South China Sea: Philippines did not agree to ‘new model’ to manage Second Thomas Shoal, officials say

The Second Thomas Shoal falls within Beijing’s 10-dash line, which encloses its maritime claims in the South China Sea, while the Philippines claims the shoal since it lies within its exclusive economic zone.

The Philippines’ position was upheld as part of a 2016 arbitral ruling at The Hague, which dismissed China’s territorial claims over the South China Sea. China has refused to recognise the judgement, calling it illegal and invalid.
The Philippines also grounded the BRP Sierra Madre, a World War II era navy vessel, to serve as an outpost on the shoal to reinforce its territorial claims.
Manila’s missions to resupply the outpost have been the cause of skirmishes with Chinese vessels, which have used tactics such as high-powered water cannons to disrupt their missions.
Former Philippines president Rodrigo Duterte is alleged to have entered into an unwritten “gentleman’s agreement” with Chinese President Xi Jinping in which he agreed to not send supplies to repair or reinforce the BRP Sierra Madre, as this would be considered akin to creating new infrastructure and a violation of the status quo situation in the South China Sea.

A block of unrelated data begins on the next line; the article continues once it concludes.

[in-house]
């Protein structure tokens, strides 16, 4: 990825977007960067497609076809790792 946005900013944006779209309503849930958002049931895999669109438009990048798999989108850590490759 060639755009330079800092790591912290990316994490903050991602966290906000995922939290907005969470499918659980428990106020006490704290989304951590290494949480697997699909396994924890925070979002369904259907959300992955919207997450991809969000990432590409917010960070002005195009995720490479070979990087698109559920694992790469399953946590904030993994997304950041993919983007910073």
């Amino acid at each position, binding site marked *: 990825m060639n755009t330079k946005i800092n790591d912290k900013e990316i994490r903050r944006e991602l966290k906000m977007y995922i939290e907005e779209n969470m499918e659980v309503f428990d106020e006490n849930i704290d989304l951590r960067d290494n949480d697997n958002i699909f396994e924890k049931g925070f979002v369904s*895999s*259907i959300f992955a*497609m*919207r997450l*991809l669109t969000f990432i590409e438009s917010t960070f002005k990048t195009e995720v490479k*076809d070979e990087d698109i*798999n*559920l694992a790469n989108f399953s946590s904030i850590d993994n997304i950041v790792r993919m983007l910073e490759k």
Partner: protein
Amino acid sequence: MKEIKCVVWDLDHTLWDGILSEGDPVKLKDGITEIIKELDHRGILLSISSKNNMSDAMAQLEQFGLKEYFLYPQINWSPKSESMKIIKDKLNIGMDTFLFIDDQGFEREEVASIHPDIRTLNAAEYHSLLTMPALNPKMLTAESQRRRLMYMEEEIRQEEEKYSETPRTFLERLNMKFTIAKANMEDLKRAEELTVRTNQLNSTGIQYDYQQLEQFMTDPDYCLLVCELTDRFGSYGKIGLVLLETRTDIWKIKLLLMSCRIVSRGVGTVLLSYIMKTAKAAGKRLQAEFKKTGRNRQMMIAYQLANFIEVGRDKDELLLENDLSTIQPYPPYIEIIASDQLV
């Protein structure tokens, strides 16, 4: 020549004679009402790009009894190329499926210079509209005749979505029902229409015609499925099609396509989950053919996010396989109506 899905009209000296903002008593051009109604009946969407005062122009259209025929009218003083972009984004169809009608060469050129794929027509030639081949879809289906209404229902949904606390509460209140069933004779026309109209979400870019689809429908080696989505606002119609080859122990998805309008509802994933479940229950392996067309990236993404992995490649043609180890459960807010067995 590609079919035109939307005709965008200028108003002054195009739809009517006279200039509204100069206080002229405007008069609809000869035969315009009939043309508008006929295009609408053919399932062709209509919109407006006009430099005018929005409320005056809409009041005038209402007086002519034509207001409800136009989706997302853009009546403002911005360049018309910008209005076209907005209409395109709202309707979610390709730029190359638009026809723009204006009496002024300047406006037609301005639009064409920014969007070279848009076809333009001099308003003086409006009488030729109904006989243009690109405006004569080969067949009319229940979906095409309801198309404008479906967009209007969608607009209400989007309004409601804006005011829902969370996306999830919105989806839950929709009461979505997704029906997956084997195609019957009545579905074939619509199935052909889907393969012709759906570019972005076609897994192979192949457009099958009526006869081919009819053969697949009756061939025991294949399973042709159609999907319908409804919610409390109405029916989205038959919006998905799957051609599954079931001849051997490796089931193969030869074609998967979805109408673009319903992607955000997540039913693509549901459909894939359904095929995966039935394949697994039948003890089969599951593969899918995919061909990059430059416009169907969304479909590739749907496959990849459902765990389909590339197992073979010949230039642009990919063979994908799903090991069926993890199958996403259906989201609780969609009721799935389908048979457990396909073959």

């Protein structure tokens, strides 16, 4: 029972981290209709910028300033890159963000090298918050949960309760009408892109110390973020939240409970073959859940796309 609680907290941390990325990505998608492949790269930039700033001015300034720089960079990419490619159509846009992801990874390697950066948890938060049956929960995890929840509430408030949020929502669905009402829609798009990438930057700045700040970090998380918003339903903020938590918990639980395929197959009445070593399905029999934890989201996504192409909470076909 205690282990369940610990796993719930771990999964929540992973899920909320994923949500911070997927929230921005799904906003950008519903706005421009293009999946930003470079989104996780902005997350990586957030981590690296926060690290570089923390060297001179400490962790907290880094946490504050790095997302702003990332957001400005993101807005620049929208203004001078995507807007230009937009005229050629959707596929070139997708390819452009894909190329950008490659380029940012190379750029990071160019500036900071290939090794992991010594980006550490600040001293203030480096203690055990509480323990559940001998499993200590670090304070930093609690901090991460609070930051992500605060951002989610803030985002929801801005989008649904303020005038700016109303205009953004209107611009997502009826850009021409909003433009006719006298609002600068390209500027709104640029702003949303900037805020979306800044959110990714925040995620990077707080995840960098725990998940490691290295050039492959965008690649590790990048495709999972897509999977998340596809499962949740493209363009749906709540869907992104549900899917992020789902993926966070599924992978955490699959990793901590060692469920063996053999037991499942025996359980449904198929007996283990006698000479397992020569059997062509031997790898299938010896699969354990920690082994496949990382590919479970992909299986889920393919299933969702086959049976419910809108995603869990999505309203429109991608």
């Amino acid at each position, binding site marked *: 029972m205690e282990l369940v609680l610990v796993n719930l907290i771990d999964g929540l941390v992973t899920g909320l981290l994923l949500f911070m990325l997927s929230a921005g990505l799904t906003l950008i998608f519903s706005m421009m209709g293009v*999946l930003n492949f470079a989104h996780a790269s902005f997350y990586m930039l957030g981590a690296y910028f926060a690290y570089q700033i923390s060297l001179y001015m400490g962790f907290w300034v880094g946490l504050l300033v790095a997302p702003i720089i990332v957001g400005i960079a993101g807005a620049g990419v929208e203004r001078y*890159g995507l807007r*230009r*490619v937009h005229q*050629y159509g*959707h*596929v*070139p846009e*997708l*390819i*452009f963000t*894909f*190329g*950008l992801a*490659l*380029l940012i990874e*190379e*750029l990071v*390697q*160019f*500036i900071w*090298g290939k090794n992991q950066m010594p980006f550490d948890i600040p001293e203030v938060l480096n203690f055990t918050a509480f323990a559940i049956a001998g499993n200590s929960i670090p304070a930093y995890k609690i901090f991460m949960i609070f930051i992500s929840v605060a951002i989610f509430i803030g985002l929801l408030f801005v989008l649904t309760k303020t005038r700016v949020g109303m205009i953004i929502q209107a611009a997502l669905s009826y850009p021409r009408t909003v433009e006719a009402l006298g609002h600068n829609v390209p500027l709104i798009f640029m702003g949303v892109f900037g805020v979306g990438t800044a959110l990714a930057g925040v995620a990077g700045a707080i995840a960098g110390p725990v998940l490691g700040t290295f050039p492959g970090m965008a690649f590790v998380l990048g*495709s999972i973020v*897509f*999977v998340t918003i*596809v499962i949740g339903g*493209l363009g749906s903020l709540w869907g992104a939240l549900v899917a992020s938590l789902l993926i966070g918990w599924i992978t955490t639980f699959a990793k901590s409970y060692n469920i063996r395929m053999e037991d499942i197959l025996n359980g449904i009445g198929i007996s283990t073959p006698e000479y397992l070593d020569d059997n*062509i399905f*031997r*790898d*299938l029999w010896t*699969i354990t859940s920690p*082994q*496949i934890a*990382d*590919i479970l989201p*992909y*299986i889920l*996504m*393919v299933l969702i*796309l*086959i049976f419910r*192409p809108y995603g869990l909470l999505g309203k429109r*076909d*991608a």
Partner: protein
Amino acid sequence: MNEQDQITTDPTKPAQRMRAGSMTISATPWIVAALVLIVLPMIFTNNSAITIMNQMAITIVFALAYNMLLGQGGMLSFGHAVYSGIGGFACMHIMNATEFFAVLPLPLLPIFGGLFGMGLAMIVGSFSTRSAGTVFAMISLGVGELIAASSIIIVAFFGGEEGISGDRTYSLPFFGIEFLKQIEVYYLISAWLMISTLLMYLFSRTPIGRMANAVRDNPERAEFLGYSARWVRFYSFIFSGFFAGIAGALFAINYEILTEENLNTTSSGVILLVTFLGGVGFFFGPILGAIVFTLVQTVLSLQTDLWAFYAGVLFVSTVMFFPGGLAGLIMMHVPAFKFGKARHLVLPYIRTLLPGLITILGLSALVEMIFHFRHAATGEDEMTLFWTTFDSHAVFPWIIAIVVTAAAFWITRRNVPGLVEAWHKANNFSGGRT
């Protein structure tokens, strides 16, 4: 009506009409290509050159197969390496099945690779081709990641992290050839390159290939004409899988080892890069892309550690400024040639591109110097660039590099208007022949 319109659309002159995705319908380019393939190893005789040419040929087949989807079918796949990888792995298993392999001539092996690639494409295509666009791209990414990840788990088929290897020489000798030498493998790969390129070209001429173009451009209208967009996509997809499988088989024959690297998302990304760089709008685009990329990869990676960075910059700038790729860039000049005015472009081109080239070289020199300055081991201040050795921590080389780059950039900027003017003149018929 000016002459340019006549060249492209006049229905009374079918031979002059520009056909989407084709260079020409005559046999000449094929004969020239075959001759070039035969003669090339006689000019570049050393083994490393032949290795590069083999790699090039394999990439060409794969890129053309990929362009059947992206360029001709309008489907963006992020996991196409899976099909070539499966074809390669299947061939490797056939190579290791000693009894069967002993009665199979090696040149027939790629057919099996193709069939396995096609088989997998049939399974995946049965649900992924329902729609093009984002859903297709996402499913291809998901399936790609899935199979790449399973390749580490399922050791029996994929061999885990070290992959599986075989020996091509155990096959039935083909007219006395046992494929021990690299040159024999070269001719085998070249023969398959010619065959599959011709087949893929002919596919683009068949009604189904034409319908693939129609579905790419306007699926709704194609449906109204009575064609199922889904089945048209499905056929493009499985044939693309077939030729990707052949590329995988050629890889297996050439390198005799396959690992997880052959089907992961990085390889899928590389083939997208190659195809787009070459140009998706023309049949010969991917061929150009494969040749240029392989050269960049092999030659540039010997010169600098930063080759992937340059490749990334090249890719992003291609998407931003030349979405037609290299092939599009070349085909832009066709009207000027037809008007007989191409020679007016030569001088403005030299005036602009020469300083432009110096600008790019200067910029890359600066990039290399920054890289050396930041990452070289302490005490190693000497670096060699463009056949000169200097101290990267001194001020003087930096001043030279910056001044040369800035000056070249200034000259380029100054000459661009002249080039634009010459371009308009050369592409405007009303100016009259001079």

However, the Chinese embassy’s Facebook post said the Marcos Jnr government had agreed to a “new model” for conduct regarding the shoal and subsequently reneged on it.

The post, which was not published on the embassy’s official website, says the Chinese embassy met an official after Marcos Jnr took office, and made a new agreement with the government’s backing.

The post says Chinese envoy Huang Xilian on July 5 last year visited Marcos Jnr’s new defence chief Teodoro Jnr, and briefed him on the “gentleman’s agreement”.

Teodoro Jnr strongly rejected this version of events in his Sunday denial statement.

A Philippine flag on BRP Sierra Madre, a dilapidated Philippine Navy ship that has been aground since 1999 and became a Philippine military detachment on the disputed Second Thomas Shoal. Photo: Reuters

Local Philippine media reported that Huang met AFP Wescom chief vice-admiral Alberto Carlos on July 21, where Carlos stressed the need for a “diplomatic approach” in resolving competing claims in the West Philippine Sea – Manila’s term for the section of the South China Sea that defines its maritime territory and includes its exclusive economic zone.

The Philippines’ National Security Council will leave it to the military to decide whether to investigate Carlos over the matter, said Jonathan Malaya, the council’s assistant director general, on Monday.

Antonio Carpio, a retired Supreme Court associate justice and an analyst of international law, expressed doubt that the “unauthorised Philippine government personnel realised that they were negotiating with a foreign government and committing the Philippine’s government”.

“Only the Department of Foreign Affairs (DFA) is authorised to negotiate and conclude agreements with foreign states,” he said.

“The Chinese embassy cannot just negotiate directly with Philippine agencies without going through the DFA. The Chinese embassy should follow protocol and negotiate only with the DFA.”

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